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To answer the OP's actual question as asked, yes, IF I were to live in an HOA (which I won't), I would be willing to pay higher fees in order to have open space land. And as a real estate agent I can attest that property values tend to be higher where that is available as buyers to a great extent tend to pay more (lot premiums) for houses, new or resale, that back up to green belts and other open spaces (backing up to ranch land is a real premium when it can be found on the edges of cities), and many make that a primary criteria when searching for a house to buy. I get much more demand for that than for shopping malls and lots and lots of restaurants. Of course, most everyone in this part of the world has a kitchen and actually uses it.
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Old 01-29-2013, 12:28 PM
 
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Plenty of open space to go around here, but I do dislike sprawl.
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Old 01-29-2013, 12:32 PM
 
Location: Foot of the Rockies
87,184 posts, read 103,165,018 times
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Quote:
Originally Posted by IC_deLight View Post
What is particularly troubling is that local governments mandate these spaces and then mandates private maintenance into perpetuity. This is one way that local governments mandate HOAs - it is not a "choice" at all.
In my city, the city takes care of the open space. I think in a place like (gasp!) Highlands Ranch, CO, where there is no city government, the HOA maintains the trails, rec centers, etc.
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Old 01-29-2013, 03:11 PM
 
Location: Eastern WV Panhandle
385 posts, read 526,302 times
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I am more than willing to pay extra for "open space", as long as the deed to that space has my name on it. BDTD with the community in Reston, never again with the high fees and RE taxes for no benefit.
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Old 01-29-2013, 03:18 PM
 
Location: North Beach, MD on the Chesapeake
34,088 posts, read 42,535,890 times
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This has been the way development has been going for the last decade or two. Open/naturalized space helps to buffer and absorb run-off, maintains habitat and does increase values for the houses. Usually the houses are clustered relatively close together (the density varies) with the bulk of the property undeveloped. MD has stepped it up and now requires sub-divisions of more than 10 houses to be on central water and sewer.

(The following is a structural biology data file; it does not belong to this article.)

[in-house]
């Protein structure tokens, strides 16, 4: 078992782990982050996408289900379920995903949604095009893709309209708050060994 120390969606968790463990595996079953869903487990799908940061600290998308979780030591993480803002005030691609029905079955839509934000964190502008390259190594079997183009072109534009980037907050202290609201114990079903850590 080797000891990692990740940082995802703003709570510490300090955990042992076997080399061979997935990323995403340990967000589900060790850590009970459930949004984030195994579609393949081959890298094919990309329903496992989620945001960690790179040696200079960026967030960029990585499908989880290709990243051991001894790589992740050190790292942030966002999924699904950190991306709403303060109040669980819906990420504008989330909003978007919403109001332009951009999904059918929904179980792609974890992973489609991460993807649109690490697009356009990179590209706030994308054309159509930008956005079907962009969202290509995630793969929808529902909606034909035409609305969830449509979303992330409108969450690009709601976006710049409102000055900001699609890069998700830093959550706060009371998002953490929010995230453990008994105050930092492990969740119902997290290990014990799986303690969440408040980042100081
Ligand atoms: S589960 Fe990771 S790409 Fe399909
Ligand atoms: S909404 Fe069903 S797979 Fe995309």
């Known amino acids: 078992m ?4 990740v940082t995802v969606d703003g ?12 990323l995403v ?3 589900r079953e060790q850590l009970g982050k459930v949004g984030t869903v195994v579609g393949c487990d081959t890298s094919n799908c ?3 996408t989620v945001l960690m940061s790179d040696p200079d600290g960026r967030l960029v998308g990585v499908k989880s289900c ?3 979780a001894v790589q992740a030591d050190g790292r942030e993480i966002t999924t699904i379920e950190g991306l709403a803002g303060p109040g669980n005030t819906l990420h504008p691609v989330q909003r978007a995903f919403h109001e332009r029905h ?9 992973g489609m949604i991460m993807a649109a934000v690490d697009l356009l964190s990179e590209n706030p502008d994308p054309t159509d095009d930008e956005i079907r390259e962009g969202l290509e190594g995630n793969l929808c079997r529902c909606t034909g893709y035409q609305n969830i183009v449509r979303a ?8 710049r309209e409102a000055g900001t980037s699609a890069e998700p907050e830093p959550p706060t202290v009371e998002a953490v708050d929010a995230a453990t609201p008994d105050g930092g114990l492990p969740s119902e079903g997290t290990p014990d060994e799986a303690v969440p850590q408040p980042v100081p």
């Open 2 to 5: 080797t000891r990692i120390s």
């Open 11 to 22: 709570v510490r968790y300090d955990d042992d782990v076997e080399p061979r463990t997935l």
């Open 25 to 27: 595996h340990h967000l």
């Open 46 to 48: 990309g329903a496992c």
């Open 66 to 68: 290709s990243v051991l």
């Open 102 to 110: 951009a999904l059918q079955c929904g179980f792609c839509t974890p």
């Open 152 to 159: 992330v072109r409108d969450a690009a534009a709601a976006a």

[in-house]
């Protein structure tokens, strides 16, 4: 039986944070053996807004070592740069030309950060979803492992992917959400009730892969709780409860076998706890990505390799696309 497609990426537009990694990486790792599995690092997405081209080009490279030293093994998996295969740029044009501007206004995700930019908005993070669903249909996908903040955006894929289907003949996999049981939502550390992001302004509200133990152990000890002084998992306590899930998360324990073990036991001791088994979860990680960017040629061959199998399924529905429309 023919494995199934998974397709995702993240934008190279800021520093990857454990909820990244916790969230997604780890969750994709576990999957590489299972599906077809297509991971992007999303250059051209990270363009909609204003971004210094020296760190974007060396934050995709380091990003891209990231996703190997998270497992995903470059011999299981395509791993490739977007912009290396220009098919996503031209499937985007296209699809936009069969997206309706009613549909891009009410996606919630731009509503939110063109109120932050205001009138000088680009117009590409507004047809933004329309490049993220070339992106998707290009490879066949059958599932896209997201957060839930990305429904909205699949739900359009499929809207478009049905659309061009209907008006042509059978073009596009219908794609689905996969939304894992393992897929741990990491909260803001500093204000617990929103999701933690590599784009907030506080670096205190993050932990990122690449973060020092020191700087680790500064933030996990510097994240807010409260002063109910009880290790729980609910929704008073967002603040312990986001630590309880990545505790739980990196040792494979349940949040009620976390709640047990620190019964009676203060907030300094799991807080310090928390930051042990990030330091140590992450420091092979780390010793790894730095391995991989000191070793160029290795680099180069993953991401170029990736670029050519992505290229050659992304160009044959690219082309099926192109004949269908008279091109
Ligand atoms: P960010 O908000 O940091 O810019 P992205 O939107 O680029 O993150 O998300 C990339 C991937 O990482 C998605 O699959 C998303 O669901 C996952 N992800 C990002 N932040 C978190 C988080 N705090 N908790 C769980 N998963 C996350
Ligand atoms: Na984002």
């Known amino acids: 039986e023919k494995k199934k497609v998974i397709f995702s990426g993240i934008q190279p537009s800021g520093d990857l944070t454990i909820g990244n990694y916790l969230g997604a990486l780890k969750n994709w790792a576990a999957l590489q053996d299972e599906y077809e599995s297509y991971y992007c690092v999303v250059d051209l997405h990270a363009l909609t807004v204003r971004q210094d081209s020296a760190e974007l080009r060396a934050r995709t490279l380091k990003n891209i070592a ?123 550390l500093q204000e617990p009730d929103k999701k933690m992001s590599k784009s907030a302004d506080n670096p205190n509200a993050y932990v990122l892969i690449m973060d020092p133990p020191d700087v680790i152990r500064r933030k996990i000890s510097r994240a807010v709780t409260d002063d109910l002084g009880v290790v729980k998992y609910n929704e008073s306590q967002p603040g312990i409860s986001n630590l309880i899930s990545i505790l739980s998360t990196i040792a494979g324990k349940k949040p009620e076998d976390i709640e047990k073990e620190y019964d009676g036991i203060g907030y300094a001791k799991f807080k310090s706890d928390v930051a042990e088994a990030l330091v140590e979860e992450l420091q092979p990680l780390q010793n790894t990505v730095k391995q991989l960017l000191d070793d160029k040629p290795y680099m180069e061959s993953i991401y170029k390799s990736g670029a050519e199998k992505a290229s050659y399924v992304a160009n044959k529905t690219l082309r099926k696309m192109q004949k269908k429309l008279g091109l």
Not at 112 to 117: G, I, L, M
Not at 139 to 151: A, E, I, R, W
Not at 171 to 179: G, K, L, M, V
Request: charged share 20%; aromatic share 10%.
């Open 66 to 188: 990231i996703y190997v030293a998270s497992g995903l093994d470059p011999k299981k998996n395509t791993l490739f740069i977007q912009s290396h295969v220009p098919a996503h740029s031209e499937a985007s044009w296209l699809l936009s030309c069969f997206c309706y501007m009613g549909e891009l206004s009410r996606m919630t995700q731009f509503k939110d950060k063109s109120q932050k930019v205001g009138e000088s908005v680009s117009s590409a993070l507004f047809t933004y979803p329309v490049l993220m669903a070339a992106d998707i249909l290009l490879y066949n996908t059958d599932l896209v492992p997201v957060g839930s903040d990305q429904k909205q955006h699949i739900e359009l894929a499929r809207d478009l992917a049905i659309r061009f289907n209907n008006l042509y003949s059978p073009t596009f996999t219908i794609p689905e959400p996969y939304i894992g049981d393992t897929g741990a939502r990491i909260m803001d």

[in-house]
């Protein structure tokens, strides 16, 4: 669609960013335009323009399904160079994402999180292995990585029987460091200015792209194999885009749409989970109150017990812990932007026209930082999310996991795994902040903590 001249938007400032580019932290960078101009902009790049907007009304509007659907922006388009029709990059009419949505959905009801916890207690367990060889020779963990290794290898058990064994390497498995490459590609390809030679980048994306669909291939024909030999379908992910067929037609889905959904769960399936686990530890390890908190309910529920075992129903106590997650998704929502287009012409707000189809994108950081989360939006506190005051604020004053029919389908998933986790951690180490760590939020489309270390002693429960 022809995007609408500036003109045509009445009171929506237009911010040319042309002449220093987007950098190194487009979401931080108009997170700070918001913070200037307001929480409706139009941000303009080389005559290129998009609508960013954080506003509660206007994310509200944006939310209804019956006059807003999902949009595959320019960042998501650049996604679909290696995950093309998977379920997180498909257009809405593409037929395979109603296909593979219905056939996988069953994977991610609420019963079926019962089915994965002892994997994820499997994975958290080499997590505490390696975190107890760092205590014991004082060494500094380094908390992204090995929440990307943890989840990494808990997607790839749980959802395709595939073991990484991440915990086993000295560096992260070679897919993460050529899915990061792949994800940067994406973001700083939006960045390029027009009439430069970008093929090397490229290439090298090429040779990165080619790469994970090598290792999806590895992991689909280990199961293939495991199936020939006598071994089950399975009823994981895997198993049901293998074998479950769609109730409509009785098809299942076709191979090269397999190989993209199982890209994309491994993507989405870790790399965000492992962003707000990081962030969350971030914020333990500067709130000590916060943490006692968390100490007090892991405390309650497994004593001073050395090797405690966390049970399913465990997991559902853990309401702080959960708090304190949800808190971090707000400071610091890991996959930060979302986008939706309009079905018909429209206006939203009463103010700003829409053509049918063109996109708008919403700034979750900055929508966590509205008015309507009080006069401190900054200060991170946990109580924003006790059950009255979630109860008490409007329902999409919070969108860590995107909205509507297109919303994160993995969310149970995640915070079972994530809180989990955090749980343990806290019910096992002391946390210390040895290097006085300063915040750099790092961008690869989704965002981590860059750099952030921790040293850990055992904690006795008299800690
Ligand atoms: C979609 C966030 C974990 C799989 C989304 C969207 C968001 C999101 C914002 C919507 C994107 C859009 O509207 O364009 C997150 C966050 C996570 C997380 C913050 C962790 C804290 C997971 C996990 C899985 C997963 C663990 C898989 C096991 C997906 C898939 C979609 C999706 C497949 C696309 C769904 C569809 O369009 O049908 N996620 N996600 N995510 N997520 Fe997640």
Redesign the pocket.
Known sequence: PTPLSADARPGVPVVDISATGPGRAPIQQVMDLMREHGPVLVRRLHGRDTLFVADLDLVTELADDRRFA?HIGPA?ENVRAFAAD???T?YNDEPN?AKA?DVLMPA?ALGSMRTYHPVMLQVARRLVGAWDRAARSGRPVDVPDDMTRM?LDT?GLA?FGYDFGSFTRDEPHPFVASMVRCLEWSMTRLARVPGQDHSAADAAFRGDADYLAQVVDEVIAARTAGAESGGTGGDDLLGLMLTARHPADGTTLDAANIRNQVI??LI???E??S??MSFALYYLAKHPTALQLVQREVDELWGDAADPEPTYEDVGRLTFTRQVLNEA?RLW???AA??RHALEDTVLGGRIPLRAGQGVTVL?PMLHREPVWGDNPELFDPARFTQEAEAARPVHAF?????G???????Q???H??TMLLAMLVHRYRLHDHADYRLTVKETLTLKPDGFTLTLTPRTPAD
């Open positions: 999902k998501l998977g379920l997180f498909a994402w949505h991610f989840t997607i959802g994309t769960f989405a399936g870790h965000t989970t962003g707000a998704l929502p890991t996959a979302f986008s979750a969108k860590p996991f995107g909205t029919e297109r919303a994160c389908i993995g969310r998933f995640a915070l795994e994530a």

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Old 01-29-2013, 04:00 PM
 
3,463 posts, read 4,579,222 times
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I did spend lots of time and money fighting for open space / rural lifestyle in one state I lived.
I would gladly pay lots more to keep land out of the hands of the worst plague since crack ☛☛☛ developers
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Old 01-29-2013, 04:37 PM
 
Location: Montco PA
2,054 posts, read 4,190,289 times
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About 10 years ago taxpayers in Montgomery County PA authorized the issue of a $150 million bond, the proceeds of which would be used for "open space". "Open space" included purchasing actual open space, buying development rights, building parks on land already owned by municipalities, and even streetscape improvements (street trees, decorative street lighting, etc.) in certain places. While I don't disapprove of these measures, what ends up often happening is that wealthy landowners who own 10, 20, 50, or 100 acre plots of land get richer at the taxpayers' expense.
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Old 01-29-2013, 05:29 PM
 
Location: Denver
3,244 posts, read 2,685,818 times
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Quote:
Originally Posted by Katiana View Post
My city requires 15% of land in a development be dedicated to open space. The city of Westminster, CO, has tons of open space. Both suburban cities, BTW.
CO Springs also has a TON of open land inside the city limits. The problem with CO Springs is that open land here is rather ugly as its a patch of brown grass. For CO Springs, I would try to get rid of this open land as its ugly and only serves to widen the urban sprawl of the city.